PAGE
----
I was standing in line at Staples, an oh-so-modern instantiation of the capitalist concept of making money by helping people. They were helping me get my Christmas cards done by printing 8.5×11 color copies of the yearly photo collage I like to include with my cards. But first, as with all good things, I had to wait. In line.
There was an older gentleman (I should say EVEN older than me) in line ahead of me, and it appeared that he had a similar project in process. He was holding a copy of a holiday letter with some pictures included, waiting his turn to get copies made. So I got to chatting with him about what sort of activities were included in his letter. Oh, this and that, and taking a long, scenic drive to and from Idaho where he went to the funeral of one of his wartime buddies.
Oh my, just the kind if story I like to dig into, and he was happy to oblige. Allow me to point out that, since this is a biking blog, a bike does make an appearance at the end.
He, George Marrett, and his Idaho friend, had been Air Force Skyraider pilots flying missions over North Vietnam during that conflict. One fateful day his friend took a catastrophic hit and had to bail out. George stuck around to watch his friend float to the ground, then hightailed it back to base. His friend spent five years as a prisoner, enduring significant amounts of privation and punishment that left him with lifelong disabilities.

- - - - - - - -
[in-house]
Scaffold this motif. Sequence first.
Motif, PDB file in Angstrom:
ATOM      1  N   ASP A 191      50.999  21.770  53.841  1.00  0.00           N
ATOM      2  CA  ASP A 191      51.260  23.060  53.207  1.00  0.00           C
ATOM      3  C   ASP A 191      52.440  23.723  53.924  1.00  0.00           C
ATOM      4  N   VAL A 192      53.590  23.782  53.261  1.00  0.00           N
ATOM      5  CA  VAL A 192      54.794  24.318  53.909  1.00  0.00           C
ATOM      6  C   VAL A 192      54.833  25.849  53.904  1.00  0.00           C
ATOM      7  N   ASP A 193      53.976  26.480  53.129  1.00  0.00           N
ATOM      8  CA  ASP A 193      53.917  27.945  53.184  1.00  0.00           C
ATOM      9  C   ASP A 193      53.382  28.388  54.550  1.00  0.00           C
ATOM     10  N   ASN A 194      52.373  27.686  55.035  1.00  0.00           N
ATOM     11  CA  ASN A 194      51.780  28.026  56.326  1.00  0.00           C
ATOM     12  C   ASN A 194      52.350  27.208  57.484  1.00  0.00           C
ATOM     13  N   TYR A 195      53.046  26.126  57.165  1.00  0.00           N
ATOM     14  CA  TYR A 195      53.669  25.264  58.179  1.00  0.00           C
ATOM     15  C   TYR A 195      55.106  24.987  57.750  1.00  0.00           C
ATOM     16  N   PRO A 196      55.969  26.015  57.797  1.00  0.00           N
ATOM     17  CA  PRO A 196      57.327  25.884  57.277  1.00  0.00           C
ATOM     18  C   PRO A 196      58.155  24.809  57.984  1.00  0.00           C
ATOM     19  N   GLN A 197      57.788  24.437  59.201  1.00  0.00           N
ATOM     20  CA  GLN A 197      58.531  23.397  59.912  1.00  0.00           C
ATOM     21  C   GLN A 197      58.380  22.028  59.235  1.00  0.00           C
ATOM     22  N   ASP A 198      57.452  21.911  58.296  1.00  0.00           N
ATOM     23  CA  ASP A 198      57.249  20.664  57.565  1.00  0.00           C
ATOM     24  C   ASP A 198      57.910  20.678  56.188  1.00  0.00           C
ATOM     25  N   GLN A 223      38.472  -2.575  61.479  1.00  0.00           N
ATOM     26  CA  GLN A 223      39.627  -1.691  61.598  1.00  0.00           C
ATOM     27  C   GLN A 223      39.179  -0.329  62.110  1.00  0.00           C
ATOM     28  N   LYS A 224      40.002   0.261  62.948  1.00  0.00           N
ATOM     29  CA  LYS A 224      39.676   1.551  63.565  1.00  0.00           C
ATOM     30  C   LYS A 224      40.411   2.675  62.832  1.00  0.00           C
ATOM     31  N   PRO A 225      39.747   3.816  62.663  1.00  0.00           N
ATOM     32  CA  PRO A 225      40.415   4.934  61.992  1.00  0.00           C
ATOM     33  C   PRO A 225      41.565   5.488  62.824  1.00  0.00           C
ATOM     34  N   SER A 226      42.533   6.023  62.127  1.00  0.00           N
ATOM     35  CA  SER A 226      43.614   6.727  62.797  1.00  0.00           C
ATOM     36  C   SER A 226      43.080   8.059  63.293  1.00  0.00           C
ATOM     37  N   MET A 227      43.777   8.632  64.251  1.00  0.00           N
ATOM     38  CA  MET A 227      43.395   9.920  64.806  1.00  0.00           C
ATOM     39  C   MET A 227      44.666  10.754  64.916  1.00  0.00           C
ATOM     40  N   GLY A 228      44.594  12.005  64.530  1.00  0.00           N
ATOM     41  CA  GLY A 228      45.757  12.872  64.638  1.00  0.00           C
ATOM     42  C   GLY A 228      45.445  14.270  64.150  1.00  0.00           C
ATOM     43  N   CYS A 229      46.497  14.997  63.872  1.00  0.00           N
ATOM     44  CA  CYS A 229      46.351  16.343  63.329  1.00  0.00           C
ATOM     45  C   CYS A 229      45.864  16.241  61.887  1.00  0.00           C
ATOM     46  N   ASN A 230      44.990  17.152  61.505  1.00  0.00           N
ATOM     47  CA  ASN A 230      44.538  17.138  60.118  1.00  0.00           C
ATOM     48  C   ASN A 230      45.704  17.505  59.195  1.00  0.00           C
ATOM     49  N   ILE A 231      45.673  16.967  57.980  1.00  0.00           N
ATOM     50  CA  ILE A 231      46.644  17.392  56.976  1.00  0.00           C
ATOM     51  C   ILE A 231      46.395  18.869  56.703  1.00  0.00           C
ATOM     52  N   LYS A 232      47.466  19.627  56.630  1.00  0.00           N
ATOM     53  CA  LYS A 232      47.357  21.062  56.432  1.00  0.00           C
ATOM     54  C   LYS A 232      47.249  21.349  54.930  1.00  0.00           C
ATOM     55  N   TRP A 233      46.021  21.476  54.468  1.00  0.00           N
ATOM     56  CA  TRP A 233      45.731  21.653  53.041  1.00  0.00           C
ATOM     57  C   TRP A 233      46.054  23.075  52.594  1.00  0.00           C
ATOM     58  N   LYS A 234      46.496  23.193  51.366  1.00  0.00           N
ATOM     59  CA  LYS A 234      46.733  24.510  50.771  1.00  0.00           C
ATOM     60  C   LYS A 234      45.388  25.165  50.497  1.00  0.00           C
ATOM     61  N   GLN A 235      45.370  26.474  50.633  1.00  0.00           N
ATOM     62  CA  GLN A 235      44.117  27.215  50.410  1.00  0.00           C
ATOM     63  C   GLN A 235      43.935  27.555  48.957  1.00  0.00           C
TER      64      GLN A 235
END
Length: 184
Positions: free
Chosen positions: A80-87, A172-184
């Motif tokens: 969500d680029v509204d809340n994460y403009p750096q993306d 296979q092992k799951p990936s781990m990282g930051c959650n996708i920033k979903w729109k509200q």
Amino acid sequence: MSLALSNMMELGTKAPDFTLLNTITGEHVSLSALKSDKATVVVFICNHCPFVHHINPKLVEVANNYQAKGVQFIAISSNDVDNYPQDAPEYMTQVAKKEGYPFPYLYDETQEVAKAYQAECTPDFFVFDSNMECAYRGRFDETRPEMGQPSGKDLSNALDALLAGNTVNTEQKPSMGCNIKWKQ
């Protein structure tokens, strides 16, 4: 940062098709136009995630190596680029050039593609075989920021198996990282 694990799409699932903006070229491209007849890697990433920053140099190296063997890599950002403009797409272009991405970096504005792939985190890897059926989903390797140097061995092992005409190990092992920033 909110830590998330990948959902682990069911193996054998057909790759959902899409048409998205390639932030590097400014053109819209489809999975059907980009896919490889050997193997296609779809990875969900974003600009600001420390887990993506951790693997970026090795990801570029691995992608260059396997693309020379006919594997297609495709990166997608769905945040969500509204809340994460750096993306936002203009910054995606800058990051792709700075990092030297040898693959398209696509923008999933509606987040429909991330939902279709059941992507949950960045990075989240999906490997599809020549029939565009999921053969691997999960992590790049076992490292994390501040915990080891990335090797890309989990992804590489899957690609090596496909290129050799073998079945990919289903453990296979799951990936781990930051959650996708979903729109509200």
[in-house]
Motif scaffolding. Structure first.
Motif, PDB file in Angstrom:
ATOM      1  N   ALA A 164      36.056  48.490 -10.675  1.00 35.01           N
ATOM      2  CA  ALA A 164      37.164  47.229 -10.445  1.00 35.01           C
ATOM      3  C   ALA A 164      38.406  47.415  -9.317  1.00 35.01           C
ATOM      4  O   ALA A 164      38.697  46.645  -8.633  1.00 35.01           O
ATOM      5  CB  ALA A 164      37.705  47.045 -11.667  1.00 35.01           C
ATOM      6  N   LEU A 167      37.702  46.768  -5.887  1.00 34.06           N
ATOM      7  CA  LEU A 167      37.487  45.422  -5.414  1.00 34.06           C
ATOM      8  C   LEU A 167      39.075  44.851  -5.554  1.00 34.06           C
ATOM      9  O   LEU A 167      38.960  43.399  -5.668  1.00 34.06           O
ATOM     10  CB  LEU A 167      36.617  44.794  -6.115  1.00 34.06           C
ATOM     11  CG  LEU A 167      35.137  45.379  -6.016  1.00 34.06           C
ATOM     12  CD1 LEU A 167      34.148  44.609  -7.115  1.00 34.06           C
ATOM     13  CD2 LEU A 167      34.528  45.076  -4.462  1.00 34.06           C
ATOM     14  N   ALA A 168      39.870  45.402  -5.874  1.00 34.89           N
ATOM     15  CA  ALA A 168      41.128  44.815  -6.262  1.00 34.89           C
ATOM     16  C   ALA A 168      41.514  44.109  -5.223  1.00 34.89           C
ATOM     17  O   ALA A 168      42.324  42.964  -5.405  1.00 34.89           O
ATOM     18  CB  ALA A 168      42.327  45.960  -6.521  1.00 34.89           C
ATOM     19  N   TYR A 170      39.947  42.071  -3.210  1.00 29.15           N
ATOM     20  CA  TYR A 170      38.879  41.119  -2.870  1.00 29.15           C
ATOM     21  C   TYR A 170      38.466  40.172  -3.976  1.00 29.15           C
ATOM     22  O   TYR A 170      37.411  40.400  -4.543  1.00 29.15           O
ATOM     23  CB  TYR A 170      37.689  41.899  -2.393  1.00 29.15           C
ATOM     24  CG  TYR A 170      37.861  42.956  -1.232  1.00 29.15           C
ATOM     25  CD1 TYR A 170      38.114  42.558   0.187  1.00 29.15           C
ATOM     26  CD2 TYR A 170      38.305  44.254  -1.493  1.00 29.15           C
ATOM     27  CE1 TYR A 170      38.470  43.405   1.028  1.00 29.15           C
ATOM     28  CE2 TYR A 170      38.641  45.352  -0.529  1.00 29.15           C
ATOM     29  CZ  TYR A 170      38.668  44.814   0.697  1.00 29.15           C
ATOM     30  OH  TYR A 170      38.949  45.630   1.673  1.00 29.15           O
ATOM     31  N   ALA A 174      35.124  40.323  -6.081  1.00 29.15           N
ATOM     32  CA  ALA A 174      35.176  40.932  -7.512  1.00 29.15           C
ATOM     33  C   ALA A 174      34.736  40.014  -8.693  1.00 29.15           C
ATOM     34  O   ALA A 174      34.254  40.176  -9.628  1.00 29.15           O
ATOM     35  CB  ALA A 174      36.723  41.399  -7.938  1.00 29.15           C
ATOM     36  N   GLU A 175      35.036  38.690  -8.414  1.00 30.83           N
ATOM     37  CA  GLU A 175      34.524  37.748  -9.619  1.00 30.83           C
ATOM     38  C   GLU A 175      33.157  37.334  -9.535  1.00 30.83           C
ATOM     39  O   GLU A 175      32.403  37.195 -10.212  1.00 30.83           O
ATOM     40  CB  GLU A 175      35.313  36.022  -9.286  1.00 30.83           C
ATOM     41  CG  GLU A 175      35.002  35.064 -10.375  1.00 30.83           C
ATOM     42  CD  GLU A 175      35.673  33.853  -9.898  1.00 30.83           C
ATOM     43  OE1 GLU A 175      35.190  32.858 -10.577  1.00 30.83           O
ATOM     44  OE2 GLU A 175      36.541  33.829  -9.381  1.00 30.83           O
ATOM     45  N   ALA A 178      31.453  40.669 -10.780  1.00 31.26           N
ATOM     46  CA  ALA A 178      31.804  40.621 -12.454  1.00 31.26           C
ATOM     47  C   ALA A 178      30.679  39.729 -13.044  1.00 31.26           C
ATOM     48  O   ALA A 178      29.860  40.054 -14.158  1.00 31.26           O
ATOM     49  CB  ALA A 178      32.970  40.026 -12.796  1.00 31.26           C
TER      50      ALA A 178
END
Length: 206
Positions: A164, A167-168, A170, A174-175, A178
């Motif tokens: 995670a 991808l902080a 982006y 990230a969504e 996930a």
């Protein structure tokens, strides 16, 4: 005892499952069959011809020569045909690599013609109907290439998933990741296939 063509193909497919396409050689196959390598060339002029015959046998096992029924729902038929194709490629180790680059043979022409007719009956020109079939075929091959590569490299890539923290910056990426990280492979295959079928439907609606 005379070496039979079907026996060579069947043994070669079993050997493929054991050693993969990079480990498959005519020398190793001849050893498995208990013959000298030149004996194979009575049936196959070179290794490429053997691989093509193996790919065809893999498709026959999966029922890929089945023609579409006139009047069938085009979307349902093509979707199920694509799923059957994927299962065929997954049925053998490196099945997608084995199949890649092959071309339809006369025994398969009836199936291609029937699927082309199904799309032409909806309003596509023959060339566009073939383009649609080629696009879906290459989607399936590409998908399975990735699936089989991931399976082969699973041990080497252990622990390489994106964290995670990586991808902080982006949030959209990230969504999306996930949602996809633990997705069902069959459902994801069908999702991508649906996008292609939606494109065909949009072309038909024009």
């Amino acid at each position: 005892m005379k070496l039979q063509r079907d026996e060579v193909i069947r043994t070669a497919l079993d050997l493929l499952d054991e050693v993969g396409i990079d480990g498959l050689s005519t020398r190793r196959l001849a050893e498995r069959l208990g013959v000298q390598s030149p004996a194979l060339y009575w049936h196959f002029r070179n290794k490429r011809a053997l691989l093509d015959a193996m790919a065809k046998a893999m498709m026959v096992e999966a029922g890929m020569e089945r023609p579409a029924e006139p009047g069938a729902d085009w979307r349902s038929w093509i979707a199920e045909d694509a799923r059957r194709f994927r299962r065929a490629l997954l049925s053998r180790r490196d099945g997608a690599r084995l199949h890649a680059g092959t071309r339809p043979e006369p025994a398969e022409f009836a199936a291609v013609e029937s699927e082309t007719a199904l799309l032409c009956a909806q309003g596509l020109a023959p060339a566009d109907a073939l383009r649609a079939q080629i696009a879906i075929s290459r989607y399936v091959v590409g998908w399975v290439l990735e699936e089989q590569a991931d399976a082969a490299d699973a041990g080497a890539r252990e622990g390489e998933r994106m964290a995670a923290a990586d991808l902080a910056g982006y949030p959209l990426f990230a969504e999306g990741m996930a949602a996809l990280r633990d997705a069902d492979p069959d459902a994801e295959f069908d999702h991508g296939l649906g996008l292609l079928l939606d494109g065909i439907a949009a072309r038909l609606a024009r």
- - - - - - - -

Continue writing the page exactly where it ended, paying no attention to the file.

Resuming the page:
As George was telling me this tale, I glanced up at the cap he was wearing and noted that it was embroidered with the name “Howard Hughes Corporation.” Oh my, another topic of discussion, given that I started working at Hughes Aircraft Company back when it was still a private concern. Eventually I retired from the same derivative entity, now a part of the Raytheon Company.
George had worked for Hughes a few miles away, at the Culver City site. “Work” is a lame description of what he did for Hughes, since he was one of those Right Stuff guys, a test pilot for the company. He was also a test pilot at Edwards AFB before he flew in Vietnam, piloting some of the fastest jets in the world. Crikey, the guy has his own Wikipedia page. He also has written several books about military aviation, as well as a book about Howard Hughes, and was a consultant for the movie “The Aviator”, which was about Hughes. Check his book page at Amazon.
Despite all his participation and expertise in historic activities, despite his success as an author, the people he has met and his high-level life, he seemed pretty humble as I spoke with him. And like the best of accomplished, yet humble people, he also asked about me. So of course, we got to talking about bicycling.
Turns out, he is a cyclist too, riding with groups out of the K-Man shop in Atascadero. But he said he’s had enough of going fast, he’s riding a comfort bike nowadays.